Uraraka starts off by trying to take advantage of Bakugo’s own powers, then moves on using her jacket as a decoy, and finally reveals she’s been building a meteor shower finale all the while. All throughout this sequence, there’s also a clear, understandable “win condition” for Uraraka – touching Bakugo with her power, and thus mitigating his own. The interplay of Uraraka’s gimmicks and Bakugo’s responses meant this fight’s odds and twists were parseable in a far more grounded and compelling way than “he has X strength, she has Y strength” ever could be. The imbalanced powers of My Hero Academia actually facilitate the appeal of its fight scenes, and this fight was no exception.


Third up, My Hero Academia also worked to craft a small narrative solely within the limits of this one fight. While Uraraka’s role in this fight was playing out a series of premeditated strategies, Bakugo mostly just spent the fight reacting – but even within his reactions, there was a clear story being told. Bakugo opens the fight by referring to Uraraka as “round face gravity girl,” a reflection of the established fact that he only remembers the names of people he deems important. But by the midway point, Eraserhead has to point out that Bakugo’s playing defensively purely because he’s cautious of making a mistake against a dangerous opponent. And by the end, Uraraka has earned her own name in Bakugo’s eyes. Even if Bakugo was cast as the “villain” in this battle, his growth is both smart characterization and a great way to underline Uraraka’s own growth.



Fourth, and perhaps most obviously, Uraraka’s battle is livened by the most obvious of strengths: great, fluid animation. While the storyboards lean heavily on the (already excellent) manga panels, the anime’s pacing and visual beauty greatly enhance the impact of the battle. Concepts like the effectiveness of Uraraka’s smokescreens and the absurd impact of Bakugo’s quirk are made viscerally real through terrific effects animation, conveying the concept of Uraraka being physically overwhelmed in the most clear possible way. Few shows can really get away with pure animation candy to sell their fight scenes, but My Hero Academia marshals its limited resources to great effect, and it certainly helps here.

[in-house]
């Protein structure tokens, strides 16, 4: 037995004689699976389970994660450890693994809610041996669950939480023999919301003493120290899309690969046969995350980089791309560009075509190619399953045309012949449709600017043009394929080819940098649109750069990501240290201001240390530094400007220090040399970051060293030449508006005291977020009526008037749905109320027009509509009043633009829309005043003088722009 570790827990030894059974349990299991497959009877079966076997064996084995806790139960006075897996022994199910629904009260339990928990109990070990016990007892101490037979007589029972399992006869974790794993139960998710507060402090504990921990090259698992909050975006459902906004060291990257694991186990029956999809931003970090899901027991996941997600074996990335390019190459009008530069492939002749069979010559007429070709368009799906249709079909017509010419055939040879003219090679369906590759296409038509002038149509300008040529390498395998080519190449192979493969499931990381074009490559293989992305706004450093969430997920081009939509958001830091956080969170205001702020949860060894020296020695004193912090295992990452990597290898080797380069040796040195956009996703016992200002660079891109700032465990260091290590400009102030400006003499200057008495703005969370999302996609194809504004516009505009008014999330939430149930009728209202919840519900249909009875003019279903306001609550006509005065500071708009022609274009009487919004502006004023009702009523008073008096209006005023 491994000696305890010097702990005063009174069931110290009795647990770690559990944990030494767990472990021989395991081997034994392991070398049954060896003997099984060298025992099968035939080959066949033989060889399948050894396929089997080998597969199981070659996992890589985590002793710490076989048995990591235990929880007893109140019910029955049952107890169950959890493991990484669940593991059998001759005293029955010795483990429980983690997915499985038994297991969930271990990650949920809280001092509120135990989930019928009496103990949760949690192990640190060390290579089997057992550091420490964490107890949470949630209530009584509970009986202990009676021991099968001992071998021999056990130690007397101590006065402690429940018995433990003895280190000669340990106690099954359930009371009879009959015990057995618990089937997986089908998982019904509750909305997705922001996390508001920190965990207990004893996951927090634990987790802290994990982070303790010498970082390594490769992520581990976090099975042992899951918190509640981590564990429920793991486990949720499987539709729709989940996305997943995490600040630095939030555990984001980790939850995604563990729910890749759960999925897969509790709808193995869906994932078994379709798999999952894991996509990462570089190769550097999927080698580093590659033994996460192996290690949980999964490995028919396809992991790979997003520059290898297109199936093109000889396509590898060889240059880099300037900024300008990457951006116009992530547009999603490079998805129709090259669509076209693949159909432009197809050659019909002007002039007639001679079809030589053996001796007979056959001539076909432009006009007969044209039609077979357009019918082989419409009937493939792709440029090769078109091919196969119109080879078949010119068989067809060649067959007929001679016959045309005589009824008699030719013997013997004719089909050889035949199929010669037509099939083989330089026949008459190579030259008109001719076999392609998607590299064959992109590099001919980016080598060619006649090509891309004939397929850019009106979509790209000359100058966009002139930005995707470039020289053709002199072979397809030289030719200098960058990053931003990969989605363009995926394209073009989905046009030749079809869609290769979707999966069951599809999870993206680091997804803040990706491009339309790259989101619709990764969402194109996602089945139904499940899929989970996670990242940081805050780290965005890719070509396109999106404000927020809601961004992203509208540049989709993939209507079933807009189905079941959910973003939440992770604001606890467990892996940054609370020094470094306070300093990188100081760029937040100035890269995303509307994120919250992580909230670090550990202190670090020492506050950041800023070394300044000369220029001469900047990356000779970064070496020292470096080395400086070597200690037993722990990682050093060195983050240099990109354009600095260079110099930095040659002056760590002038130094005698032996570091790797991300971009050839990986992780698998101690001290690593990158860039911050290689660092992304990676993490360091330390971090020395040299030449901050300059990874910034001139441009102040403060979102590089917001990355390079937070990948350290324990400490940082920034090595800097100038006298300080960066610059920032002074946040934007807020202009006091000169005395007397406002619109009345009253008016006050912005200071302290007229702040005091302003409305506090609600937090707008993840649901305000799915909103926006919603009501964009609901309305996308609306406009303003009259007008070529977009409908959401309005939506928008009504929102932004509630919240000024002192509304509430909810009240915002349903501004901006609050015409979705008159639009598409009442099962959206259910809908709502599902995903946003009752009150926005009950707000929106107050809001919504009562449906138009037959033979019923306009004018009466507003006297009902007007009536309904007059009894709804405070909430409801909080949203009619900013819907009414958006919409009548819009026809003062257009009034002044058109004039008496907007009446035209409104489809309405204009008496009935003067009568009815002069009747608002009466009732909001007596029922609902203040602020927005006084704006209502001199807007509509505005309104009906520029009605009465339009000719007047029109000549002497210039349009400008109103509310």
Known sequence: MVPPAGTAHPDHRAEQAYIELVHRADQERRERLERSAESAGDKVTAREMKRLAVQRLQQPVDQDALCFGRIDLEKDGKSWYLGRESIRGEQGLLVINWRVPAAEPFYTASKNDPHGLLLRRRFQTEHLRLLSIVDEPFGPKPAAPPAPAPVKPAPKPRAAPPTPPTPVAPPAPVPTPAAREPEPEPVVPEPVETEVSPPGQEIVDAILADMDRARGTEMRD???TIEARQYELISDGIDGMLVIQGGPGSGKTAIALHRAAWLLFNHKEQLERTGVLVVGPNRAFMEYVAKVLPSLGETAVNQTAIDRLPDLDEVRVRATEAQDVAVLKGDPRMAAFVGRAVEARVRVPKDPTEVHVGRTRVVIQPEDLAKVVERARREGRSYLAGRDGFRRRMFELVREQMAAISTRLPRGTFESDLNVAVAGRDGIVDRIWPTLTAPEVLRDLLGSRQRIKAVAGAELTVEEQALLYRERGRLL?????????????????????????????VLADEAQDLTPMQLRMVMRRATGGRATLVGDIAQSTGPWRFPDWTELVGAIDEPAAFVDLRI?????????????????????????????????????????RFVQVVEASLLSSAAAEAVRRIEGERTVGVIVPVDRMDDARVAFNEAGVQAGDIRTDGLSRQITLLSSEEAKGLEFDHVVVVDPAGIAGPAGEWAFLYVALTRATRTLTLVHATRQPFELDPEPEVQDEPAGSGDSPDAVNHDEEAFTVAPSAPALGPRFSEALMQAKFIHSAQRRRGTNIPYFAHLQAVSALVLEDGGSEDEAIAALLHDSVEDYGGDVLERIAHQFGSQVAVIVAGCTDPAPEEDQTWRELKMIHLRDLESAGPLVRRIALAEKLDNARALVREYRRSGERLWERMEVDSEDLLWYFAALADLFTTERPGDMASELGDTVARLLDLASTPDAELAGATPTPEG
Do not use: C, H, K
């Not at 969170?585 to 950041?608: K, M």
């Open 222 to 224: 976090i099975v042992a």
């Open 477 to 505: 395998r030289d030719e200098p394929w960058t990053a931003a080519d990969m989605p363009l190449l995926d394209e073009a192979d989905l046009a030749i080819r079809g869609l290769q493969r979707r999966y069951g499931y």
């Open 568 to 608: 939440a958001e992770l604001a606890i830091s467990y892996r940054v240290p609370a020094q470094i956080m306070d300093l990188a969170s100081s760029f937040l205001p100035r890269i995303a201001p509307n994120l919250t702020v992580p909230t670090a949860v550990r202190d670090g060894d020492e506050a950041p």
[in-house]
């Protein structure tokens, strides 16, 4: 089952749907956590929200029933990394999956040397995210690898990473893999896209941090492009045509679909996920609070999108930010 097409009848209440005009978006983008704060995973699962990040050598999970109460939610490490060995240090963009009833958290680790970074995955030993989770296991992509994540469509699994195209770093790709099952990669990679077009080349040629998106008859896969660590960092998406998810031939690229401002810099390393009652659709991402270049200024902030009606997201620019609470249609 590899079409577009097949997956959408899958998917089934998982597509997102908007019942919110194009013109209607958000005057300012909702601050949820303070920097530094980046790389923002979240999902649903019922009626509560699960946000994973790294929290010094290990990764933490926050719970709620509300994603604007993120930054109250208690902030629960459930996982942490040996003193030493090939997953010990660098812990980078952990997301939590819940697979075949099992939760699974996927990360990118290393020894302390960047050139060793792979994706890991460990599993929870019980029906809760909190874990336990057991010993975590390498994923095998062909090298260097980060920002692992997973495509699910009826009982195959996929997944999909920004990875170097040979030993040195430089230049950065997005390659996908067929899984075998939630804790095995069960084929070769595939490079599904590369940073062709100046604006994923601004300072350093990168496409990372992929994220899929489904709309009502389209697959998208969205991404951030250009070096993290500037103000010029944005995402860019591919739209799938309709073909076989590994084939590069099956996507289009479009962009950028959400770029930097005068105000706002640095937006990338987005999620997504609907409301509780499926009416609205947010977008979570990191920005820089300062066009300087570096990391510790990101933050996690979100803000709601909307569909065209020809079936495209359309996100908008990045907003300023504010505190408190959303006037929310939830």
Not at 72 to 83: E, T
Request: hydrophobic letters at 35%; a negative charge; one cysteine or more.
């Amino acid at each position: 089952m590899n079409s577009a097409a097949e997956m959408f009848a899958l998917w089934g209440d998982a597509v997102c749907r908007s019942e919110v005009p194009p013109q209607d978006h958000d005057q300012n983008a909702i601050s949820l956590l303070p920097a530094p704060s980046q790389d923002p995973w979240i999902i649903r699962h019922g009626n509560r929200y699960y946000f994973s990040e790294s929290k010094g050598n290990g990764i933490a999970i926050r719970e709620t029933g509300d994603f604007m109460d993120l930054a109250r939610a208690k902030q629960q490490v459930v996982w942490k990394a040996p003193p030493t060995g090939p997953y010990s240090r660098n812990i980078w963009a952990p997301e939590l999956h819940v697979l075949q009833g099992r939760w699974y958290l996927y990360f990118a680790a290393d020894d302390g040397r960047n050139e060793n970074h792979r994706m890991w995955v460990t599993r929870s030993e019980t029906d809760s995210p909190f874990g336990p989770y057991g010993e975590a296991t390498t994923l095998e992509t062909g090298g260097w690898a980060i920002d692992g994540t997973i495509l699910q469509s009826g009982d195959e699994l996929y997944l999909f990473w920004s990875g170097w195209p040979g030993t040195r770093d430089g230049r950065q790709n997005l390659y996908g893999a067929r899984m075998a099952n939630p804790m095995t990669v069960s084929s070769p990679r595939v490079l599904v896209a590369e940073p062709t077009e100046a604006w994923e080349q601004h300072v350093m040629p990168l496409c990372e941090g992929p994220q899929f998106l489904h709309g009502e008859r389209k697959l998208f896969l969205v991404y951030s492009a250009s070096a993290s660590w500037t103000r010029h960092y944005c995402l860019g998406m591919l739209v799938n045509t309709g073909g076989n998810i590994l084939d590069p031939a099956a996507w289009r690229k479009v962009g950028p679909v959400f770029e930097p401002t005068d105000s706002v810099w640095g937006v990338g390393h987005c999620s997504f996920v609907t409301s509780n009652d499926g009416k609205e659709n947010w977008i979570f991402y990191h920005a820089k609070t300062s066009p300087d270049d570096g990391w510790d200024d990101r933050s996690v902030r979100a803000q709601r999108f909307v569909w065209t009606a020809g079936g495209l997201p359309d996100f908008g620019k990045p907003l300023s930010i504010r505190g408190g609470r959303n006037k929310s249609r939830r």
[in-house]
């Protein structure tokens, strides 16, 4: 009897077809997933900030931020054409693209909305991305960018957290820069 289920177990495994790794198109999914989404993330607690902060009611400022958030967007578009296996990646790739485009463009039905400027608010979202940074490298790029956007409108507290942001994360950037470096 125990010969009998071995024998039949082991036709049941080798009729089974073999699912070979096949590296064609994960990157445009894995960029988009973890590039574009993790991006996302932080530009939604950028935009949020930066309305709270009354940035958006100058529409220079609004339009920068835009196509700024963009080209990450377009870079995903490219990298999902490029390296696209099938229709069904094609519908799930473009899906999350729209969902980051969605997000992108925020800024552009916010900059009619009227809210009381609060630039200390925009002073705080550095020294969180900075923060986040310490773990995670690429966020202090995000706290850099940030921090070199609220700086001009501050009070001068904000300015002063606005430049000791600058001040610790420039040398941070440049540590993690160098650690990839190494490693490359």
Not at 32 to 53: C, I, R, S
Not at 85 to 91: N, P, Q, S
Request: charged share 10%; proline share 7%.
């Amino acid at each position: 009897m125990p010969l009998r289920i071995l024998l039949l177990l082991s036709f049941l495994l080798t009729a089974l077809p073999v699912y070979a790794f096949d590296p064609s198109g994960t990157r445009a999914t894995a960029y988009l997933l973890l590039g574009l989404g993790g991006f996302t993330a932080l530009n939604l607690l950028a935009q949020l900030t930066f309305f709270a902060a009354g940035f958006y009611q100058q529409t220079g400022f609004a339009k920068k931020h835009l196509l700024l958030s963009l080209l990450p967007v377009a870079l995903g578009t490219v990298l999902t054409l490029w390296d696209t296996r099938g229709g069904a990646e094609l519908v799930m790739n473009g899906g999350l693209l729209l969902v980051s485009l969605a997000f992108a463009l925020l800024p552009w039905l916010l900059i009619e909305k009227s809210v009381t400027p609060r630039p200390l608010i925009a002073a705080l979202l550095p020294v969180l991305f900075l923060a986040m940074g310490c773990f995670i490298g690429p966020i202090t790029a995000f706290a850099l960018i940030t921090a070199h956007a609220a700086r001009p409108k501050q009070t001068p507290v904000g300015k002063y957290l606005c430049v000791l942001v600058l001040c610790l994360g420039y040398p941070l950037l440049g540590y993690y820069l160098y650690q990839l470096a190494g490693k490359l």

Finally, after all the fighting is done, Uraraka’s call to her father tied the whole affair together. Grounded dialogue focused on the practical consequences of this match lent a sense of weight to Uraraka’s defeat, right before her father consoled her with just the words she needed to hear. This entire arc has focused heavily on the relationships between parents and children, and how we build our dreams and identities in their shadows, for better or for worse. Uraraka’s tearful talk with her dad was a key moment in both an individual character sense and in this arc’s larger argument, making her defeat feel meaningful in an emotional way even if we really wanted her to win.